CNS: “‘Catholic’ Health Ass.” backs bill, USCCB says NO!

From CNS with my emphases and comments:

CHA backs health bill; bishops reiterate objection to abortion wording

By Nancy Frazier O’Brien
Catholic News Service

WASHINGTON (CNS) — "Despite the good" that proposed health reform legislation "intends or might achieve," concerns about the abortion wording in the Senate-passed bill compel the U.S. bishops to "regretfully hold that it must be opposed until these serious moral problems are addressed," Cardinal Francis E. George of Chicago said March 15. [Do I hear an "Amen!"?]

The statement from the president of the U.S. Conference of Catholic Bishops came soon after the head of the Catholic Health Association called on House members to quickly pass the Senate legislation and make changes later.

A House vote on the health reform legislation was expected by March 20, with Senate and House action to follow on a separate bill containing a set of "fixes" proposed by President Barack Obama. [Can the bill be fixed?]

Sister Carol Keehan, a Daughter of Charity who is CHA president and CEO, [whom I believe is paid something in the neighborhood of $850K?  No doubt forked over to her religious community… after her expenses.] said in a March 13 statement that the Senate bill isn’t perfect but would "make the lives of millions more secure, and their coverage more affordable." [And forget about that abortion thing.  And would the bill be good for Catholic health care institutions?]

She told Catholic News Service March 15 that she considered the Senate language "an acceptable way to prevent federal funding of abortion," even if it might not be the best way or the preferred way[WHAT, may I ask, does that mean?  "acceptable" though not "best" or "preferred".  This means, I think, that she doesn’t consider abortion to be of primary concern.  Abortion is acceptable in the face of all these other things.  She sounds like a Pelosi or Biden or Kmiec Catholic.  No?  Am I wrong?]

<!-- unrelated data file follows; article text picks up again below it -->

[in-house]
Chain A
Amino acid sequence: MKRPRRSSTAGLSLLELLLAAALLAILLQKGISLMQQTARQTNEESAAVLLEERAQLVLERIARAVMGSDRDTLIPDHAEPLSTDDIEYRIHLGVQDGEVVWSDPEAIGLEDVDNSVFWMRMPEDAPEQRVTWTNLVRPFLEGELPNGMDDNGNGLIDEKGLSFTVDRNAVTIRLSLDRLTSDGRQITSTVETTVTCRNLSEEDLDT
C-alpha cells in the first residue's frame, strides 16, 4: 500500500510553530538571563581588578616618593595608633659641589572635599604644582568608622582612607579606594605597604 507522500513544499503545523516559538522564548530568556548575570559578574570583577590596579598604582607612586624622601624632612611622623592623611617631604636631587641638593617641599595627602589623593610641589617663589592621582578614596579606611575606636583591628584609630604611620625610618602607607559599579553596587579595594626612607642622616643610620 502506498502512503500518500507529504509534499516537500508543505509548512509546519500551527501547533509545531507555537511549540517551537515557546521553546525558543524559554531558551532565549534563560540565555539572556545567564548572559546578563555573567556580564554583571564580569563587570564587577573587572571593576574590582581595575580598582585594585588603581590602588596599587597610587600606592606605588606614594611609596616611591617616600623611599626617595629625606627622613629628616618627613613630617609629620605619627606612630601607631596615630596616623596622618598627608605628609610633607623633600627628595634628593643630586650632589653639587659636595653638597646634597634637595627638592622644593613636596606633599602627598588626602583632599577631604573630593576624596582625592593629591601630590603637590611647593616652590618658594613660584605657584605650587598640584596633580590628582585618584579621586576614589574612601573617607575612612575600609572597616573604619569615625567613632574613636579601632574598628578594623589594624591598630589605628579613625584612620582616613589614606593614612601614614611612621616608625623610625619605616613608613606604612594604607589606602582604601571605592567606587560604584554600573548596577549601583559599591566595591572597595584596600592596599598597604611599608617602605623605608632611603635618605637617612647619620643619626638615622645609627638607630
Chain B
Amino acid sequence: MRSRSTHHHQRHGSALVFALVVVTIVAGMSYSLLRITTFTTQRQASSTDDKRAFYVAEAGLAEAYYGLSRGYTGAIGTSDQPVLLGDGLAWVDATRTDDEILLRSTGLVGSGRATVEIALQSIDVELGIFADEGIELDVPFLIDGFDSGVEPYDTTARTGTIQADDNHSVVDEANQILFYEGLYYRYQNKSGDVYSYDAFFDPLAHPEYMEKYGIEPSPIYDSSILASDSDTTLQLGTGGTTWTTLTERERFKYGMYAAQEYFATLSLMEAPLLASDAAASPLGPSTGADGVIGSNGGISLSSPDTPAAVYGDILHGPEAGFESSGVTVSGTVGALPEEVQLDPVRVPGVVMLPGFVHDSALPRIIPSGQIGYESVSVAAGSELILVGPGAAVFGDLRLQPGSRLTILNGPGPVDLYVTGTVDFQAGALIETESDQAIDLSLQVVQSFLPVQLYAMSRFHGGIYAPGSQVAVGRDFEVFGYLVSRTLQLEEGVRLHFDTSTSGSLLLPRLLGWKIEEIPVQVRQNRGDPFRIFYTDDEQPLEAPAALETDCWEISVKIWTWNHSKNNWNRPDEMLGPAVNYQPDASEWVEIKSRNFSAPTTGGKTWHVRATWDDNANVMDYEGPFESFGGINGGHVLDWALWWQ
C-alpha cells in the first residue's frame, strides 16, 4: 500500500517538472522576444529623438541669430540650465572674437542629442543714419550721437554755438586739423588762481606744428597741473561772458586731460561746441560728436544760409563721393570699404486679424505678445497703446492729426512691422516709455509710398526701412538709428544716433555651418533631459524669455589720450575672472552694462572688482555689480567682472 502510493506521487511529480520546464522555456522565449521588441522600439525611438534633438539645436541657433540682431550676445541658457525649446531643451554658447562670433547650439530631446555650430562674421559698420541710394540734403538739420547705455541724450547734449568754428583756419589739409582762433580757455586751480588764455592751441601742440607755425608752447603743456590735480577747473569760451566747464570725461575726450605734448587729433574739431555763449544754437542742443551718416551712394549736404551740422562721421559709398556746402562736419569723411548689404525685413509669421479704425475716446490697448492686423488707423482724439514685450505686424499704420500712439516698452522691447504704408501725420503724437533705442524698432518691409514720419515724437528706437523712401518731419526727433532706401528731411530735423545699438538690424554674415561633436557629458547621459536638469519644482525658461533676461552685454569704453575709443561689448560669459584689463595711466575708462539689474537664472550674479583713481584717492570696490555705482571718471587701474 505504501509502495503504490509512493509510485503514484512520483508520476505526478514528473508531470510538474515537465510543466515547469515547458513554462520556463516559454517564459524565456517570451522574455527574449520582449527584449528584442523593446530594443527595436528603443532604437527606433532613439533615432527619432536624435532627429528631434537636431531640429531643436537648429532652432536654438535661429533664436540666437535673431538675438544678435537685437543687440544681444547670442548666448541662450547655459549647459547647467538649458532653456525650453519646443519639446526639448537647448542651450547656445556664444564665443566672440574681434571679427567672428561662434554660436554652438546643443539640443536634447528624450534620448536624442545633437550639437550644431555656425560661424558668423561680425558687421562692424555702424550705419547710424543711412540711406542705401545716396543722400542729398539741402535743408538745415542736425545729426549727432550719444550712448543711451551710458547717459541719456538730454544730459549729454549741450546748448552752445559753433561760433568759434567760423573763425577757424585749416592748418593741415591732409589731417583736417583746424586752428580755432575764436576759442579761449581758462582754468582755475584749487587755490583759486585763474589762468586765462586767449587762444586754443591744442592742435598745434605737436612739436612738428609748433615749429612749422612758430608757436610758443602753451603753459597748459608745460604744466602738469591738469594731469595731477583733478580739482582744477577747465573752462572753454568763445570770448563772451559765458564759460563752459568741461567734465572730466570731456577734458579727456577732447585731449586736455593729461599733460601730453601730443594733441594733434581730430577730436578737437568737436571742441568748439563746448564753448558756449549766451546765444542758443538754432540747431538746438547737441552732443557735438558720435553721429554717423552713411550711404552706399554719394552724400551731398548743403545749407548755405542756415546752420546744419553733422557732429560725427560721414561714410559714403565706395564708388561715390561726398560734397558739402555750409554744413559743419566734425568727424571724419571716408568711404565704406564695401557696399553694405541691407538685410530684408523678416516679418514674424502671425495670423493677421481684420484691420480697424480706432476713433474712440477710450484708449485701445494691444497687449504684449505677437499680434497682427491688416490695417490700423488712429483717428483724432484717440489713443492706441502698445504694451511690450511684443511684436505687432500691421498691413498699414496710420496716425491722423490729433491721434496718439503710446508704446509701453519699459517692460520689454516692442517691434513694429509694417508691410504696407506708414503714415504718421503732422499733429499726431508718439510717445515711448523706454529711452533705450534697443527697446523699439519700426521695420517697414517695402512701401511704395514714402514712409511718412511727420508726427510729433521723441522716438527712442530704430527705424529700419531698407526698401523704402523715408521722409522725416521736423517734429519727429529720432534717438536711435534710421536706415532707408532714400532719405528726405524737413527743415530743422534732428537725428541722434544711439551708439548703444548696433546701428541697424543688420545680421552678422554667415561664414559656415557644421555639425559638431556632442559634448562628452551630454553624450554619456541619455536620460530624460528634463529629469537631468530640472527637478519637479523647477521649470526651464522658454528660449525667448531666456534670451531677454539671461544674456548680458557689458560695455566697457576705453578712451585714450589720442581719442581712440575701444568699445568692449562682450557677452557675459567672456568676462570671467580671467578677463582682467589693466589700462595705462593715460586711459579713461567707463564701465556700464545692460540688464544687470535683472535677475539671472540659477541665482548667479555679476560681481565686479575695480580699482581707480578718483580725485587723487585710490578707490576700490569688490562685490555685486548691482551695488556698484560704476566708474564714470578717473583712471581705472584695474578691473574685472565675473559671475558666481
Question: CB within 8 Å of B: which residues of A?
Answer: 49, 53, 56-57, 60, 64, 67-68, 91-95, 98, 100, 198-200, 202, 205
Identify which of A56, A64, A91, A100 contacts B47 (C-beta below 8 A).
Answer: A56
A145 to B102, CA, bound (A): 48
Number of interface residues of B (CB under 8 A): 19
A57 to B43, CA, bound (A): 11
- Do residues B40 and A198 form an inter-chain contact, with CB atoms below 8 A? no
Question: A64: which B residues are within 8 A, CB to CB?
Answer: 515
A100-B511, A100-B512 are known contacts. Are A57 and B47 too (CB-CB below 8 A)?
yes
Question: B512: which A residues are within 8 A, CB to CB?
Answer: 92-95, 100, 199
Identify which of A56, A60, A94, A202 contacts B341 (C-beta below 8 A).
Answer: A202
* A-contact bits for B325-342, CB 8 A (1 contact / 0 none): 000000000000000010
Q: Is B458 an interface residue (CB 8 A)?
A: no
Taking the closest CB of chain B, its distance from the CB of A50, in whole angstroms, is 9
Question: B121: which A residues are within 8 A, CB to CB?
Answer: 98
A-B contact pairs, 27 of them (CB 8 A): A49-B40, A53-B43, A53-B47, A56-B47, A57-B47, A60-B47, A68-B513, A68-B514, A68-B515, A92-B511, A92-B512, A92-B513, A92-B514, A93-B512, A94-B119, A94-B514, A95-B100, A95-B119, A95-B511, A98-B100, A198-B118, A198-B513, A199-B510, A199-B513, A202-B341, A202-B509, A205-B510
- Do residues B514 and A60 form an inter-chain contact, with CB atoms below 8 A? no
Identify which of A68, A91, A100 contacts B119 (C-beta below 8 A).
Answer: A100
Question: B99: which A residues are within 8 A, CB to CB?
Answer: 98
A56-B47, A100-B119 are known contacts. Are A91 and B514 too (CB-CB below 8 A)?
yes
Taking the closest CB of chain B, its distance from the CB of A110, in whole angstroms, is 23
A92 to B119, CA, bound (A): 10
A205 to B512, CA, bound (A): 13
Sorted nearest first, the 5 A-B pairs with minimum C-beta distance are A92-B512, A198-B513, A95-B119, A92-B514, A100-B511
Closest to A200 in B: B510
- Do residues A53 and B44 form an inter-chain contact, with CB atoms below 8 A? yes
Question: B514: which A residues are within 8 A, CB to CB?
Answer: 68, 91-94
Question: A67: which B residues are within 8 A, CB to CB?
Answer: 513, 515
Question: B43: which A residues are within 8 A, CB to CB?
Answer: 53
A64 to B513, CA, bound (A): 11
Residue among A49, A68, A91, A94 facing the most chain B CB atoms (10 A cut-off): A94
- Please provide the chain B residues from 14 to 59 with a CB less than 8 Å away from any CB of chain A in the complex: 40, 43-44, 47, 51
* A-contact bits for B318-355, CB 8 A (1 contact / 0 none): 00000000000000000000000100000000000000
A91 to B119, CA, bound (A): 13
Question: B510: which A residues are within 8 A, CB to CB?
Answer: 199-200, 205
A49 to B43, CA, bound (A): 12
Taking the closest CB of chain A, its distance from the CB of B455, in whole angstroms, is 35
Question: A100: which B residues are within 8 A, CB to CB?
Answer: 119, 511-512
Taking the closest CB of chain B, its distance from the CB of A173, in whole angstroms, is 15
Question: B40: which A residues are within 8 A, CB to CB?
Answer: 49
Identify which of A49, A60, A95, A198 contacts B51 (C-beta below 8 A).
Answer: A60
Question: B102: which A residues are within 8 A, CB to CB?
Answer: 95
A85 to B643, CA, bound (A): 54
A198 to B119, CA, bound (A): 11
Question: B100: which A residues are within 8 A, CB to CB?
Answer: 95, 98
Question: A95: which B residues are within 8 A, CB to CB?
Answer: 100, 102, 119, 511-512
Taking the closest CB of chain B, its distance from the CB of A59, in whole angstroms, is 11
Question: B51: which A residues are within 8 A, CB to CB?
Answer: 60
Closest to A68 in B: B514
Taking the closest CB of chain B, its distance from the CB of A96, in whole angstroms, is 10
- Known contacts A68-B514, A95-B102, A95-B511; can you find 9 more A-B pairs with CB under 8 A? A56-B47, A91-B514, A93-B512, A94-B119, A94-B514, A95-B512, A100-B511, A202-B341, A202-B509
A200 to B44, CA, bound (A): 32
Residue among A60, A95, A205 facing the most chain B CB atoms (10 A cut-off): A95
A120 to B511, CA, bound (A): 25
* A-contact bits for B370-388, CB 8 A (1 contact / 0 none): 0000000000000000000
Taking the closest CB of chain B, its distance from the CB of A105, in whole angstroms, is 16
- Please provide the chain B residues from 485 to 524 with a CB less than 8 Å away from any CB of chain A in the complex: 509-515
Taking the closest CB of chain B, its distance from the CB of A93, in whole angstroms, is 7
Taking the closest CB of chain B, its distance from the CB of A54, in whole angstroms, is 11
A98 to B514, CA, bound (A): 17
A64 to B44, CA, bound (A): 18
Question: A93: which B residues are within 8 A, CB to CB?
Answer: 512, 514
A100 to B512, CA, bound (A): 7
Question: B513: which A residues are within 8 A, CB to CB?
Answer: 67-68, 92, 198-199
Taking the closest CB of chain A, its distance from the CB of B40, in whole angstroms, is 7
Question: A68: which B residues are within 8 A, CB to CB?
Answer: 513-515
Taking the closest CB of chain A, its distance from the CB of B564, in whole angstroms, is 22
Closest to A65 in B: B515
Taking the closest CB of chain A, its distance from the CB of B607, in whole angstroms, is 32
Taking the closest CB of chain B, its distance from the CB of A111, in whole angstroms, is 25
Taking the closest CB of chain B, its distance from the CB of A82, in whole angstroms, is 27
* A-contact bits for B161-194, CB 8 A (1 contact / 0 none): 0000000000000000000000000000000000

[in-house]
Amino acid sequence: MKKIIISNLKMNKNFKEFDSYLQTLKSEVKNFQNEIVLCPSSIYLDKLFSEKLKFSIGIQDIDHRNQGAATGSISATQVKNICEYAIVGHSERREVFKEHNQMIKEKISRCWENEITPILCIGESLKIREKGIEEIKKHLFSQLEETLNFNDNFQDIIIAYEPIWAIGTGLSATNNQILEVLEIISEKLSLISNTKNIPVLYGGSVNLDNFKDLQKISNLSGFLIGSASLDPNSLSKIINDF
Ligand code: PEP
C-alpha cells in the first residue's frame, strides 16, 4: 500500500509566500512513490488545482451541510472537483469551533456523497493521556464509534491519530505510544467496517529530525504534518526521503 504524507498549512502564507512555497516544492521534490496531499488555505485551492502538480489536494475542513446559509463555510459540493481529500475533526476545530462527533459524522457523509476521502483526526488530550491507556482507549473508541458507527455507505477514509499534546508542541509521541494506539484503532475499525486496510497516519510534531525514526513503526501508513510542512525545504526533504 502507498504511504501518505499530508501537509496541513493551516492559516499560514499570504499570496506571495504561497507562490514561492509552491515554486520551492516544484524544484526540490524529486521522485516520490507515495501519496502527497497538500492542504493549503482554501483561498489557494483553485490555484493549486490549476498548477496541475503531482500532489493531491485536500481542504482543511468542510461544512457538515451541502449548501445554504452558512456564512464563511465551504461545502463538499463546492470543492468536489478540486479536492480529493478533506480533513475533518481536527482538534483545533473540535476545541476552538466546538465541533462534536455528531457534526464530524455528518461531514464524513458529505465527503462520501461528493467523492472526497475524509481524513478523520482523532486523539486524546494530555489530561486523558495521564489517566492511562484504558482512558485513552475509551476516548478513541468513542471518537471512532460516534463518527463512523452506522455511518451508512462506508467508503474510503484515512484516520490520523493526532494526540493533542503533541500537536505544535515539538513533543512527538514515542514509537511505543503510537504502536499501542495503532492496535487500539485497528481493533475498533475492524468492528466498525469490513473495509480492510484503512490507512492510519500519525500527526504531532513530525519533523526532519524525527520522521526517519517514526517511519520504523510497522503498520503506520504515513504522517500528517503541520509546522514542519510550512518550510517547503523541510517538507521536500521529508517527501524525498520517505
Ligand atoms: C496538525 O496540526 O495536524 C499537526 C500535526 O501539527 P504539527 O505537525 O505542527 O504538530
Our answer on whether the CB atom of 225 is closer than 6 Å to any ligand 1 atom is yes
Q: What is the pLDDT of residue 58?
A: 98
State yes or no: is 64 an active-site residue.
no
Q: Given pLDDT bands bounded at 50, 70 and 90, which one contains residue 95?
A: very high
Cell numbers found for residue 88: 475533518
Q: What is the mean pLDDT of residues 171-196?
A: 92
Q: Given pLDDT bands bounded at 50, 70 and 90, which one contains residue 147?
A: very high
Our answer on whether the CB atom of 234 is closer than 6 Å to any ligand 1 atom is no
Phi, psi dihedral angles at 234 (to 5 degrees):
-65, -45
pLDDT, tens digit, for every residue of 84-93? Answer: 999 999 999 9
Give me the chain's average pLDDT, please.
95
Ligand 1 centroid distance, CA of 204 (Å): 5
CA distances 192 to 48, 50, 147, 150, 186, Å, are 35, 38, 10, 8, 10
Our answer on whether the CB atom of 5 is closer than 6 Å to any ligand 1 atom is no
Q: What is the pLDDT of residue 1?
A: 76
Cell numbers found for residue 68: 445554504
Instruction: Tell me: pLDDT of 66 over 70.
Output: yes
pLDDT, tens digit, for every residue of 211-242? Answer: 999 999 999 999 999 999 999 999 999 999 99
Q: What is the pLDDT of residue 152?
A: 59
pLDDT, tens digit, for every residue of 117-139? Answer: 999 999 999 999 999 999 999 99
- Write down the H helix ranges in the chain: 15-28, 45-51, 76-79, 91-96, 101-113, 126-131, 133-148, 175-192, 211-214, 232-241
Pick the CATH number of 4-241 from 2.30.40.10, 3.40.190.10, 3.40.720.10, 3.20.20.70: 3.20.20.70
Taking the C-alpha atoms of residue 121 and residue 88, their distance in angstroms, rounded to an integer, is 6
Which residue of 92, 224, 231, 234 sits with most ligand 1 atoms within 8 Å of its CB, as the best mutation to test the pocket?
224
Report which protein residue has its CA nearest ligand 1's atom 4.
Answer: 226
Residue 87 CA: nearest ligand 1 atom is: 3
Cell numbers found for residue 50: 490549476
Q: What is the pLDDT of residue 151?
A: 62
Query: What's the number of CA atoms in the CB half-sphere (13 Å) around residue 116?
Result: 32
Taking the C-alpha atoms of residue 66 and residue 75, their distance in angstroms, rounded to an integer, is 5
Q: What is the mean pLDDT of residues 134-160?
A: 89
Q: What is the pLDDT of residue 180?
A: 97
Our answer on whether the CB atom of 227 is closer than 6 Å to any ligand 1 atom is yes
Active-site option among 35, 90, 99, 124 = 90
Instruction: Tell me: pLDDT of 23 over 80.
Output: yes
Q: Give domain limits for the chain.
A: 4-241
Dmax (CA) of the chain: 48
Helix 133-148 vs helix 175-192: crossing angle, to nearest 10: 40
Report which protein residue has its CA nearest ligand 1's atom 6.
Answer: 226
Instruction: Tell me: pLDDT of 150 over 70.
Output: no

Cardinal George said in his statement that the USCCB concerns were "not quibbling over technicalities."

"The deliberate omission in the Senate bill of the necessary language that could have taken this moral question off the table and out of play leaves us still looking for a way to meet the president’s and our concern to provide health care for those millions whose primary care physician is now an emergency room doctor," the cardinal said.

He acknowledged that the USCCB analysis "is not completely shared by the leaders" of CHA[There is some diplomatic language.]

They believe, moreover, that the defects that they do recognize can be corrected after the passage of the final bill," Cardinal George said. "The bishops, however, judge that the flaws are so fundamental that they vitiate the good that the bill intends to promote[And the flaw is the actual support of abortion.  Right?]

Pig in a poke"Assurances that the moral objections to the legislation can be met only after the bill is passed seem a little like asking us, in Midwestern parlance, to buy a pig in a poke," he added.